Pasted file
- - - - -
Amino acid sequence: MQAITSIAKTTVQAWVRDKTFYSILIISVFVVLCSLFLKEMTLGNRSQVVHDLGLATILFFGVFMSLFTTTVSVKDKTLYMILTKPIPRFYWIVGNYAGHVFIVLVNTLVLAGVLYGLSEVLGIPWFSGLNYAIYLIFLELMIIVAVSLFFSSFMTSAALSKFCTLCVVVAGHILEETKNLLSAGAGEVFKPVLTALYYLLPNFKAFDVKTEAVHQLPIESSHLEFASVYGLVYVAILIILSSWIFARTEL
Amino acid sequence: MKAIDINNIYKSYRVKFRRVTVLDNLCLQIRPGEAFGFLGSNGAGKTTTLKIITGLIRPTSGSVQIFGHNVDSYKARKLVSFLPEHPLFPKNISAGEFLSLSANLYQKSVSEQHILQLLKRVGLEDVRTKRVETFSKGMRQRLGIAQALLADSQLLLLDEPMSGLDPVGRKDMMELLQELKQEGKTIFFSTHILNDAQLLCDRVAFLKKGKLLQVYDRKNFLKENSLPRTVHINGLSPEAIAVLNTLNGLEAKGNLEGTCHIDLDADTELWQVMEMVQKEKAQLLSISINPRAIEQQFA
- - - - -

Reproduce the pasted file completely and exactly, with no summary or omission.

Amino acid sequence: MQAITSIAKTTVQAWVRDKTFYSILIISVFVVLCSLFLKEMTLGNRSQVVHDLGLATILFFGVFMSLFTTTVSVKDKTLYMILTKPIPRFYWIVGNYAGHVFIVLVNTLVLAGVLYGLSEVLGIPWFSGLNYAIYLIFLELMIIVAVSLFFSSFMTSAALSKFCTLCVVVAGHILEETKNLLSAGAGEVFKPVLTALYYLLPNFKAFDVKTEAVHQLPIESSHLEFASVYGLVYVAILIILSSWIFARTEL
Amino acid sequence: MKAIDINNIYKSYRVKFRRVTVLDNLCLQIRPGEAFGFLGSNGAGKTTTLKIITGLIRPTSGSVQIFGHNVDSYKARKLVSFLPEHPLFPKNISAGEFLSLSANLYQKSVSEQHILQLLKRVGLEDVRTKRVETFSKGMRQRLGIAQALLADSQLLLLDEPMSGLDPVGRKDMMELLQELKQEGKTIFFSTHILNDAQLLCDRVAFLKKGKLLQVYDRKNFLKENSLPRTVHINGLSPEAIAVLNTLNGLEAKGNLEGTCHIDLDADTELWQVMEMVQKEKAQLLSISINPRAIEQQFA